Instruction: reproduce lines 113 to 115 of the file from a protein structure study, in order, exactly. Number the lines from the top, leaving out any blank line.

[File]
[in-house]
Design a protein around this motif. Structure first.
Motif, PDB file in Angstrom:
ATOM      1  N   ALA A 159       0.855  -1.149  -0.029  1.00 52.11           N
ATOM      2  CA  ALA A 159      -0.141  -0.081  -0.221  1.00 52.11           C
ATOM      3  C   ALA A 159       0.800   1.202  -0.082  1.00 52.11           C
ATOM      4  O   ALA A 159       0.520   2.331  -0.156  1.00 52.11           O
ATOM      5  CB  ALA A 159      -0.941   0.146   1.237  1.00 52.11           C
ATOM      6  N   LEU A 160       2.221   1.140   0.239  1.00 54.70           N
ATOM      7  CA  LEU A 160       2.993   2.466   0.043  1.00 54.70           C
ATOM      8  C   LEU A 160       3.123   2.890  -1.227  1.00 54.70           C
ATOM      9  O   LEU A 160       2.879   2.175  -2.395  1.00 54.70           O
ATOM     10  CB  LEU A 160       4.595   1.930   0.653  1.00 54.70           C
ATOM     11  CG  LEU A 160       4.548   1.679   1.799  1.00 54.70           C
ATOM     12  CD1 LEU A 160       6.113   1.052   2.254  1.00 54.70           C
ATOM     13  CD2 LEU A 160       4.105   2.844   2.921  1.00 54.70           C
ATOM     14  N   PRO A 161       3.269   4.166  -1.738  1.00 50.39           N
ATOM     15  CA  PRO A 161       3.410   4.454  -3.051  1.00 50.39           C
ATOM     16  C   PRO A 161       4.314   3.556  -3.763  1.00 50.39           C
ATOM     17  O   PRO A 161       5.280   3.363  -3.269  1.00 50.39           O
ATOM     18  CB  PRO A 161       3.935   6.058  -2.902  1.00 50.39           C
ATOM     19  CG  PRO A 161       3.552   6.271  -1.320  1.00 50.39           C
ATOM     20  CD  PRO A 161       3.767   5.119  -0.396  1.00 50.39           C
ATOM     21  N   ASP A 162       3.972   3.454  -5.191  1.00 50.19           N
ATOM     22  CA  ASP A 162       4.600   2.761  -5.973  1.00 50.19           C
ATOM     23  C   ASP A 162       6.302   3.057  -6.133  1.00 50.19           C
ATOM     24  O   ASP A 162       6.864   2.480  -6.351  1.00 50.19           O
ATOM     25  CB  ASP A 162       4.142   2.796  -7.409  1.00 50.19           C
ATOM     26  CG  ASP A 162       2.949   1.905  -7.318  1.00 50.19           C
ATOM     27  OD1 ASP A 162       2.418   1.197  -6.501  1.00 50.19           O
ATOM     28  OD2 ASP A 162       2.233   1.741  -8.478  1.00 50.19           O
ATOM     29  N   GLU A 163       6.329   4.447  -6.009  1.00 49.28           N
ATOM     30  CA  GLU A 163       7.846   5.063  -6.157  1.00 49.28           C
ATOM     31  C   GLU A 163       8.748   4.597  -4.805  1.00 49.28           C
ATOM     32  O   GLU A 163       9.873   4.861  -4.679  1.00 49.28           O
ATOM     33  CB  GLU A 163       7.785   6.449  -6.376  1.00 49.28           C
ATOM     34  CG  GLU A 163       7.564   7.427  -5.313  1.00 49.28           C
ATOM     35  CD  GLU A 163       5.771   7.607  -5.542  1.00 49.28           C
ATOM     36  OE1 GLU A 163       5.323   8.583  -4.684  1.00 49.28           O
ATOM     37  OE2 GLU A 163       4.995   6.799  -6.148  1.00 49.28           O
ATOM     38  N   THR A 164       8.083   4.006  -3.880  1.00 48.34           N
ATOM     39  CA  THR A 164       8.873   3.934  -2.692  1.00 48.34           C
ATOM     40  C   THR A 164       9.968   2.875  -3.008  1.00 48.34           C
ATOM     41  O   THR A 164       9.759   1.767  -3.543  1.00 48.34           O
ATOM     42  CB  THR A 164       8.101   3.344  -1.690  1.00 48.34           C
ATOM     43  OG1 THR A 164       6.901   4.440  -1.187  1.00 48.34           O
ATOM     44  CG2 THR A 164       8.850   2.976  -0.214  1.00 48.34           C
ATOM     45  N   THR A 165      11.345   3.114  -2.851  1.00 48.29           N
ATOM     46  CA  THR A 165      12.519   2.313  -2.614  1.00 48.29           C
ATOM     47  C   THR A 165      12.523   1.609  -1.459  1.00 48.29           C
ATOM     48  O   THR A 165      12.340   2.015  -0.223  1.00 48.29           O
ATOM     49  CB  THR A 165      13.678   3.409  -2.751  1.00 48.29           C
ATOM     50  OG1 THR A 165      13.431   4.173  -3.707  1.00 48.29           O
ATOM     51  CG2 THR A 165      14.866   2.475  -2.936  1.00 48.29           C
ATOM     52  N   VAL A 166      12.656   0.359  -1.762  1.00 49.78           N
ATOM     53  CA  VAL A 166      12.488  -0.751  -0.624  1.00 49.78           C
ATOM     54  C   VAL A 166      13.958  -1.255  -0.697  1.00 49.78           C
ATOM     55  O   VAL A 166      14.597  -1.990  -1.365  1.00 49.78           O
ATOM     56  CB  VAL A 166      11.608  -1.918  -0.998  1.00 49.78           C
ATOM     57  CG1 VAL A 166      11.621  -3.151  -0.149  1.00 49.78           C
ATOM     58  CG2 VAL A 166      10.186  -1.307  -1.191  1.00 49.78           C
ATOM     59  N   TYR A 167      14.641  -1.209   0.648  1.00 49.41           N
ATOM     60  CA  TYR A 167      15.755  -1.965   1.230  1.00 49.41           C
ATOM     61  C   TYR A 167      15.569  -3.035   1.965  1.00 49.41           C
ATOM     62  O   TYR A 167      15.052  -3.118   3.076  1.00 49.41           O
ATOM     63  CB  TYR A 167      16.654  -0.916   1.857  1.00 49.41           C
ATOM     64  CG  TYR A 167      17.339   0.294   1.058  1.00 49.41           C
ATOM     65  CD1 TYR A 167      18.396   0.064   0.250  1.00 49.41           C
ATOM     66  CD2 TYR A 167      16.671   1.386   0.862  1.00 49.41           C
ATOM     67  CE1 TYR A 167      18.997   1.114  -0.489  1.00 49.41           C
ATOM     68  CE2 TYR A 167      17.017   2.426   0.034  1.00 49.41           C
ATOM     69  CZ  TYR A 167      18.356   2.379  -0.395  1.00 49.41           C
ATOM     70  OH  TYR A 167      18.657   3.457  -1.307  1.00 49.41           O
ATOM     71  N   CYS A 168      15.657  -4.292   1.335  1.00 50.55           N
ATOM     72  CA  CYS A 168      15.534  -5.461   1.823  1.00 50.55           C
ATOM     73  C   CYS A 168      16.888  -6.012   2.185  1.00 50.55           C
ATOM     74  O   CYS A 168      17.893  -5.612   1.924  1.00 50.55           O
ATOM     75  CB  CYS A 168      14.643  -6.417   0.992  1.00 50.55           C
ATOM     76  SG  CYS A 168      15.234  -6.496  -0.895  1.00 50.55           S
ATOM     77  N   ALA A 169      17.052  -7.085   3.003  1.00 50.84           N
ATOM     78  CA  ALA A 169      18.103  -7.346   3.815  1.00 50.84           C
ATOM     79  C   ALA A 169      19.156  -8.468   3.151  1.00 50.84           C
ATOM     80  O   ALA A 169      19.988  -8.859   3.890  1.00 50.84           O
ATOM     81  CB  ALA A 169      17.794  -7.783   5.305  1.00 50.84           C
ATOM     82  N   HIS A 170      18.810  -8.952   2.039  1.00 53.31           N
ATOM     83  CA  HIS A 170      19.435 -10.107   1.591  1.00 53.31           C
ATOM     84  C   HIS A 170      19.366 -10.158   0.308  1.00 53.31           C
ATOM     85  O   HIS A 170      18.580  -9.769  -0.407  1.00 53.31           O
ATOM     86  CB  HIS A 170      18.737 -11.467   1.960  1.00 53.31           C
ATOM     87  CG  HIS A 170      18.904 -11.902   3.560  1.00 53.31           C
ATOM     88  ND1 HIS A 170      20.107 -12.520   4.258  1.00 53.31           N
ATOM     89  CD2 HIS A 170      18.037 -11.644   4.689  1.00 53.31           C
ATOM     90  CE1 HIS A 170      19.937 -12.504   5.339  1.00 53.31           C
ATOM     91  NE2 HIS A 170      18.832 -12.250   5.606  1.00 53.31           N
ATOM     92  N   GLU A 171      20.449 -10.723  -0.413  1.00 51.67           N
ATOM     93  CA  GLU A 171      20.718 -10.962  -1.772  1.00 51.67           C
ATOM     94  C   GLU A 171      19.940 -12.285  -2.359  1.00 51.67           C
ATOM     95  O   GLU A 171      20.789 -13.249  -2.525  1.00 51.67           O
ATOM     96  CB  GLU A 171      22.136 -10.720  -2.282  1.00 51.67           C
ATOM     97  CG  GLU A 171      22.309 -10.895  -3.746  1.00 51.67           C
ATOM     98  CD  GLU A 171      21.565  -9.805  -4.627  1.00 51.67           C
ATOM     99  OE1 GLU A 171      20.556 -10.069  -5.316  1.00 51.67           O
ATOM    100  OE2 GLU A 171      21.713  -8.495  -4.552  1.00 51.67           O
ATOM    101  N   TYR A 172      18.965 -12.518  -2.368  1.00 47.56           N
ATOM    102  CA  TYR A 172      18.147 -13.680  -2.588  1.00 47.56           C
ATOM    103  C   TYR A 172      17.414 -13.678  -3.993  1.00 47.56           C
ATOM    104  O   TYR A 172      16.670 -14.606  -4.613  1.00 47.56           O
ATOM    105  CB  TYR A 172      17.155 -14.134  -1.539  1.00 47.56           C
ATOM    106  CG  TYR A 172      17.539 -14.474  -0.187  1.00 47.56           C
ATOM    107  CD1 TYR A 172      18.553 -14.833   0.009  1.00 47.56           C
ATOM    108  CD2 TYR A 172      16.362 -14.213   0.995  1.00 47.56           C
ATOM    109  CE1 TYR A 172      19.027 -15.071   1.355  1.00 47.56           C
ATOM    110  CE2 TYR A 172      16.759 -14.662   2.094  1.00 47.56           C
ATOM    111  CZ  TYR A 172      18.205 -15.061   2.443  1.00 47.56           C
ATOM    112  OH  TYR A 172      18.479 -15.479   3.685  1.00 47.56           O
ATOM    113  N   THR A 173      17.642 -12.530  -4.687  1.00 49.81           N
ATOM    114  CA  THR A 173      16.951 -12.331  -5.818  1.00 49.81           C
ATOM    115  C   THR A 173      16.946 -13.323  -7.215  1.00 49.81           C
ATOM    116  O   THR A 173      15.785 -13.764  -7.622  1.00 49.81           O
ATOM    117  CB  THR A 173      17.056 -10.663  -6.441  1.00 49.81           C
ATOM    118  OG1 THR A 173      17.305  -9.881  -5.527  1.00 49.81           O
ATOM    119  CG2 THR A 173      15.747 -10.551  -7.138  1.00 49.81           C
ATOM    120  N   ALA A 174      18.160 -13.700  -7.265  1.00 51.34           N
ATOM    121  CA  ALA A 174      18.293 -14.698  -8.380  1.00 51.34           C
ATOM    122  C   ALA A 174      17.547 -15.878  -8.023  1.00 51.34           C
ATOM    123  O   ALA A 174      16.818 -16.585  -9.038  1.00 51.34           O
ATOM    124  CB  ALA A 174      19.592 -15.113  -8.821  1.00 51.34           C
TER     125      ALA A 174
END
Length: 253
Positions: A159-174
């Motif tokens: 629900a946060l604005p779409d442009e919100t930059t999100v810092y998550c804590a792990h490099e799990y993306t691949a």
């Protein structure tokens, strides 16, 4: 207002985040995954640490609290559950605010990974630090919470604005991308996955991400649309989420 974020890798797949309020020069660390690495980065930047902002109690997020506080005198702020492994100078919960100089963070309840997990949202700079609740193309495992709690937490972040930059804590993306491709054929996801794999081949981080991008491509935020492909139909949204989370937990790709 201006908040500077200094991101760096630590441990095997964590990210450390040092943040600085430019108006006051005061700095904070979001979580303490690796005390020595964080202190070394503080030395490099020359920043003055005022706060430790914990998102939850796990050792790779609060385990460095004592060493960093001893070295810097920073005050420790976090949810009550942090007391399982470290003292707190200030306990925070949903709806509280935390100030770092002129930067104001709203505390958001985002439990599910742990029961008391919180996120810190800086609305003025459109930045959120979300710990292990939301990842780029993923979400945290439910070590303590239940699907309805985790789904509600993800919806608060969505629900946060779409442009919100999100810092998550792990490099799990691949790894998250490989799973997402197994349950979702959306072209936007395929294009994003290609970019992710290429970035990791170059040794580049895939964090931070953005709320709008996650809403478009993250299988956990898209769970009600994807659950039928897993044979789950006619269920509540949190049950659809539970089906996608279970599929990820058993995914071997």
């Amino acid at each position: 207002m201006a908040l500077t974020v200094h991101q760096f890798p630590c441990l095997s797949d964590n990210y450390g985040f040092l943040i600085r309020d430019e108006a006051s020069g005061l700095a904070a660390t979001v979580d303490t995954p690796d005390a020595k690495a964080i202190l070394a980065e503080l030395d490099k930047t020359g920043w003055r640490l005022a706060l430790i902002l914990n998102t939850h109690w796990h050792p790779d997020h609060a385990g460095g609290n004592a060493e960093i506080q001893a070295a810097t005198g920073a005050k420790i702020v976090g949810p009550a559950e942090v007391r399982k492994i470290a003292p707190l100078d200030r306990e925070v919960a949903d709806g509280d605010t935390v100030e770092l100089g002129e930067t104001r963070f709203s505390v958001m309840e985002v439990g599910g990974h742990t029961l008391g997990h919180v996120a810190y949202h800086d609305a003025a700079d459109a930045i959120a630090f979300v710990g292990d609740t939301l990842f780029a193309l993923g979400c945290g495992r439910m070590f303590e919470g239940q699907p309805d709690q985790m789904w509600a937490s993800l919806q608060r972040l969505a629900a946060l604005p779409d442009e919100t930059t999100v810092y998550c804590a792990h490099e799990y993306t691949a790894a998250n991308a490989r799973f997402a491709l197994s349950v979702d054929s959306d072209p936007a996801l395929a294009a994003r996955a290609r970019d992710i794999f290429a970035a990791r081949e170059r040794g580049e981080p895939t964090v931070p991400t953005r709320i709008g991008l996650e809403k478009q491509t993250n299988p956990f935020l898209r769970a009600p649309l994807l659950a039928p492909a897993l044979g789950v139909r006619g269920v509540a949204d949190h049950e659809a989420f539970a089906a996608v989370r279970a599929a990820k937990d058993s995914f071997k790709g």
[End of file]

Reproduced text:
ATOM    110  CE2 TYR A 172      16.759 -14.662   2.094  1.00 47.56           C
ATOM    111  CZ  TYR A 172      18.205 -15.061   2.443  1.00 47.56           C
ATOM    112  OH  TYR A 172      18.479 -15.479   3.685  1.00 47.56           O